Shutter Hub member Sanja Knezevic is a documentary photographer from Serbia, focusing on long-term social projects emphasising common humanity. Born in Belgrade in 1984, she graduated in photography at the Faculty of Applied Arts, University of Belgrade. Since then she has been working as a freelance photographer investing in her personal projects. Sanja is a regular contributor to National Geographic Serbia, and has has won awards for her photography, both in Serbia and abroad.
From 2012 to 2014 Sanja lived in the Indonesian capital, Jakarta. During that period she spent time traveling in the East Asia region and documenting the everyday life of new cultures she encountered.
We met Sanja through Festival Pil’ours, where Shutter Hub are taking our exhibition ‘Because We Can’ this summer. Sanja is one of the ten main exhibitors in the festival, and will be showing her project ‘Kamar’, from her time living in Jakarta. We loved the work and wanted to share it more widely, so here’s Sanja to talk through the project in her own words…
Jakarta, with 14 million inhabitants, is a magnet for Indonesians from all over the archipelago, especially the island of Java. A look at its crowded streets provokes a dream of more prosperous life and better future in the eyes of out-comers, even those who find their roof in very unusual places.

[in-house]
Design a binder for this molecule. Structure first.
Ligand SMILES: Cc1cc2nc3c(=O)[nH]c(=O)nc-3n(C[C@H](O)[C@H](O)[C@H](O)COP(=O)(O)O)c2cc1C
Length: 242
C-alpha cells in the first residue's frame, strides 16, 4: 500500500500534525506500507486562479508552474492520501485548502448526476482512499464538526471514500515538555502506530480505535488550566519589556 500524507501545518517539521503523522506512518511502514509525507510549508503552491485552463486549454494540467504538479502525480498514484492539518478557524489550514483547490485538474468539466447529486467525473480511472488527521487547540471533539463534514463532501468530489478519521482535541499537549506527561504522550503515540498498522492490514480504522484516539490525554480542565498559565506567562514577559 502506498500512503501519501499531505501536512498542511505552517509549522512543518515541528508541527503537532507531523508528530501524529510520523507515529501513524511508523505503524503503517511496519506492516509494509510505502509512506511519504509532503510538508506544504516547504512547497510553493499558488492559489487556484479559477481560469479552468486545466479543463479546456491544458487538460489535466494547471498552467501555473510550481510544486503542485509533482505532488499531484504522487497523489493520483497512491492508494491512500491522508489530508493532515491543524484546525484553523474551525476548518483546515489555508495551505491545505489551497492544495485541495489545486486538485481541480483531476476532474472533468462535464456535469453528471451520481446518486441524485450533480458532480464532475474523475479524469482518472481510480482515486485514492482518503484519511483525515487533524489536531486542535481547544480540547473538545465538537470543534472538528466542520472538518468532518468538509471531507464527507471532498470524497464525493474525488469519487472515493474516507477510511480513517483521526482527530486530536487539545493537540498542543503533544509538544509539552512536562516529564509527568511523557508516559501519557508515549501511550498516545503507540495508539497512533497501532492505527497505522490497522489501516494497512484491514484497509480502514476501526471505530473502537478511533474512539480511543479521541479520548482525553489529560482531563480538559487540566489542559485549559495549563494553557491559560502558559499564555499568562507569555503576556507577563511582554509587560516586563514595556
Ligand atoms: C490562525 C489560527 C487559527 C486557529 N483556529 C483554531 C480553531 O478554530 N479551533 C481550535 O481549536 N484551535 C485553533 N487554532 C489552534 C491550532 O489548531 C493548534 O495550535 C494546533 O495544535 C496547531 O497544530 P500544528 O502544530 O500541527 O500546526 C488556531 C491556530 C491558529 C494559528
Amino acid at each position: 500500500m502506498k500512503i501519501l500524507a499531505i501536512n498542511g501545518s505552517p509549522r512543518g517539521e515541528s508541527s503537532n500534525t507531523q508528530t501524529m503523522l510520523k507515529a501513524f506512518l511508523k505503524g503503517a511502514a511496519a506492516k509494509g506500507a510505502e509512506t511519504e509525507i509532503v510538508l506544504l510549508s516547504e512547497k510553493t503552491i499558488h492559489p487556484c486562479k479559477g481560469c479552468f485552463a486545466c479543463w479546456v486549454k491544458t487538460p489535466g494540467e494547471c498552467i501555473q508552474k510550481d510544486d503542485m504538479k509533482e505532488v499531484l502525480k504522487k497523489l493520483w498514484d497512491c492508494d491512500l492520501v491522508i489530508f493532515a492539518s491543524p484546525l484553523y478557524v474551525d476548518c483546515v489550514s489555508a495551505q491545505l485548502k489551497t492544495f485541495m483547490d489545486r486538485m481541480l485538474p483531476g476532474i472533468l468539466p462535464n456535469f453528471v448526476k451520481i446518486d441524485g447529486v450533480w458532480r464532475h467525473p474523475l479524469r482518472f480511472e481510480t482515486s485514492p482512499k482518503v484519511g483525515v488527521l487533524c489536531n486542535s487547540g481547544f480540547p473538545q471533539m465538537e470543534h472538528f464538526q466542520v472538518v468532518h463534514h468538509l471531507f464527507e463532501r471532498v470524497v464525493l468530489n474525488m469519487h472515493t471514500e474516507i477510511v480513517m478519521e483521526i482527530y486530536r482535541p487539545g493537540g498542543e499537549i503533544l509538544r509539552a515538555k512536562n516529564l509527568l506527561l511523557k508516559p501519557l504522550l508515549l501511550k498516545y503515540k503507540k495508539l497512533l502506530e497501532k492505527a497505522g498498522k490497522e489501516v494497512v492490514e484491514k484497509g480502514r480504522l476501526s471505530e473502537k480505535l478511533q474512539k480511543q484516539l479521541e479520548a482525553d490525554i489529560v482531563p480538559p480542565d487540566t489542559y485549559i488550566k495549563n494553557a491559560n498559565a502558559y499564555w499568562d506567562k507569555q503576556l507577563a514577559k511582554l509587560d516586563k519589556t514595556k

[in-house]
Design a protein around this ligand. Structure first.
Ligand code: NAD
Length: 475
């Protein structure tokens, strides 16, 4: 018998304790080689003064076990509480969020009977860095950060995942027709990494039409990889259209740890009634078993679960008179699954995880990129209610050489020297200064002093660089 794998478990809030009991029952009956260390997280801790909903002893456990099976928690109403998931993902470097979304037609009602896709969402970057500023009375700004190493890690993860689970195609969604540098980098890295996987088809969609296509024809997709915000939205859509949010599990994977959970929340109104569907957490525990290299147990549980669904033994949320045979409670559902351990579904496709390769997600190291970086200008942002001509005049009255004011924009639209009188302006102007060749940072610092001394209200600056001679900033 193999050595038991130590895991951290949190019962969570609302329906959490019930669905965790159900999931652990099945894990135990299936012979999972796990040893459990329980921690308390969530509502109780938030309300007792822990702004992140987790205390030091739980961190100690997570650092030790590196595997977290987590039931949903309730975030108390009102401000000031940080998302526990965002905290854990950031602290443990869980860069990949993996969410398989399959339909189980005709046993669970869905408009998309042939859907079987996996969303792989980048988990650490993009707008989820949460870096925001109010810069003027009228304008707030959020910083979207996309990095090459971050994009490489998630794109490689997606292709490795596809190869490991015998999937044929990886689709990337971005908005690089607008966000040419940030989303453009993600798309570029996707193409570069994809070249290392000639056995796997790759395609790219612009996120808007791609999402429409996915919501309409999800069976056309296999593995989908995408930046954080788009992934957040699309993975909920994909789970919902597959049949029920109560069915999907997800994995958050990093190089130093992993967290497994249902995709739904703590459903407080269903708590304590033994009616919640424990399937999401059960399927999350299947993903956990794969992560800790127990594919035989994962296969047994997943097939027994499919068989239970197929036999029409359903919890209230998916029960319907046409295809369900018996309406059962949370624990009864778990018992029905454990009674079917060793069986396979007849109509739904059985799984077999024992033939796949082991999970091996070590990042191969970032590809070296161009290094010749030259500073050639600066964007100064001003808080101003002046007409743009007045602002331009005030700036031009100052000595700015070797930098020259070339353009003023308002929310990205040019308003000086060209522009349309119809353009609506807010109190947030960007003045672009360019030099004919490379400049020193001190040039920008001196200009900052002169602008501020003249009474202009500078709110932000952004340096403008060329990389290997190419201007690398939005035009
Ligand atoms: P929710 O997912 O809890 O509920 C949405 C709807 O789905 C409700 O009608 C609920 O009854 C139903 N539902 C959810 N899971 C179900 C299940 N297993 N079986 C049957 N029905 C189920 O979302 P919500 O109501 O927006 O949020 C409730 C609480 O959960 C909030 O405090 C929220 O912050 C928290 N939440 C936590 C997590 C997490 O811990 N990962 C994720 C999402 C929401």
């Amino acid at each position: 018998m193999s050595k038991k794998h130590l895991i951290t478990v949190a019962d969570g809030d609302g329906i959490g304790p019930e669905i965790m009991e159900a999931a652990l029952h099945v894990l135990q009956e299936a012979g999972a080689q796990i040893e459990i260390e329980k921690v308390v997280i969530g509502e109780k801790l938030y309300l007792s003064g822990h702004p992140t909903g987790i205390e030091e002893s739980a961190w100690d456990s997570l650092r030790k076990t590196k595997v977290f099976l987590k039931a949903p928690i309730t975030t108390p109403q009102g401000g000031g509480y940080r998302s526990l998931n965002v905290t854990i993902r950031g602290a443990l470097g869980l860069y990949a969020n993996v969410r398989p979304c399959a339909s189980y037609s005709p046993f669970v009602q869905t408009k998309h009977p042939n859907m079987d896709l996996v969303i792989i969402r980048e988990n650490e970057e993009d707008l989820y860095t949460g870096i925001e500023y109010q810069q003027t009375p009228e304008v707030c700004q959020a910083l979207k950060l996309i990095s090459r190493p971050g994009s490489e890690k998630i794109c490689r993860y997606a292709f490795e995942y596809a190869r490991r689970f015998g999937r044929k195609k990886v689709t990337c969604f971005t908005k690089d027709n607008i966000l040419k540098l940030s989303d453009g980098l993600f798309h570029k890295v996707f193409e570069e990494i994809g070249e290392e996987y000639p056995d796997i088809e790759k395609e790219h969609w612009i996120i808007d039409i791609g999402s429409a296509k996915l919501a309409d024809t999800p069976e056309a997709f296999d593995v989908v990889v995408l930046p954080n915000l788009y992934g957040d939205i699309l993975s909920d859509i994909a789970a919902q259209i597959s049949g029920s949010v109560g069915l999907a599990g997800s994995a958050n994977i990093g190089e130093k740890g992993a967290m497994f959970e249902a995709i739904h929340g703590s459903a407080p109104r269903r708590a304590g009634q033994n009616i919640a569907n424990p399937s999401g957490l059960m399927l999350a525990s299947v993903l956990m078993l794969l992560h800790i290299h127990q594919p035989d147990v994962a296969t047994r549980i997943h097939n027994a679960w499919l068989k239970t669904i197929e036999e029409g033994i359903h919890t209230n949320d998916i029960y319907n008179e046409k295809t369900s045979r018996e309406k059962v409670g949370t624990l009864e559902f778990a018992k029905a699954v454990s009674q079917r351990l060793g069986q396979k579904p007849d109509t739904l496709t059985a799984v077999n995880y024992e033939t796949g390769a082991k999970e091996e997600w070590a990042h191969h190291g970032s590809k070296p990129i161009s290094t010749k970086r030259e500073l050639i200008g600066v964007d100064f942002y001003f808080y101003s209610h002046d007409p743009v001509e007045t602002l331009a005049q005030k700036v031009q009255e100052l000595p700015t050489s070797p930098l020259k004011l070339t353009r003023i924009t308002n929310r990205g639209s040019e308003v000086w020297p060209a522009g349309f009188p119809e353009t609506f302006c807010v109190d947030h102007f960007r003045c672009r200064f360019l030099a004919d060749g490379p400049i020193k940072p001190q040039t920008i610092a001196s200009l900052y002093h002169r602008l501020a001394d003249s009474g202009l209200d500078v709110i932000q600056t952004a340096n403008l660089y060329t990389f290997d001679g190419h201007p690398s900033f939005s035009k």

The Kuningan bridge, located in downtown Jakarta, is not an ordinary bridge whose only purpose is to connect people from the two sides of the channel – on this bridge life breathes not only on its surface, but also inside of it. In fact, it is a “concrete building” populated by a community of people living in small rooms made out of its inner construction. The walls and ceilings of these rooms, called “kamar” in Indonesian, are “borrowed” from the bridge construction, while the floor is made out of wood. The rooms could be reached only by climbing ladders – some of them very large since a number of rooms are well above the ground.
The majority of workers are young, single men, living in separate rooms, but some of them live with their families in extremely limited space. The adaptive tenants introduced electricity to their homes from the bridge lights, and they fight the heat in the rooms with old fans. They also made a small mosque under the bridge and regularly attend its services. Small shops, called warung, are located under the bridge – selling groceries and meals like “nasi goreng” (fried rice), one of the most famous Indonesian national dishes.
These tenants work for the city government and their employer, a government subcontractor, “houses” them inside the bridge. They work as gardeners, wood cutters and street cleaners, and they work from early morning until late afternoon every day. These workers earn 70,000 rupiah a day ($6), and often work more than one shift, but even then they still struggle to save money to bring back home to their families.
Sanja is exhibiting her project Kamar at Festival Pil’ours, Saint Gilles Croix de Vie, France, from 8th July to 31st August 2018.
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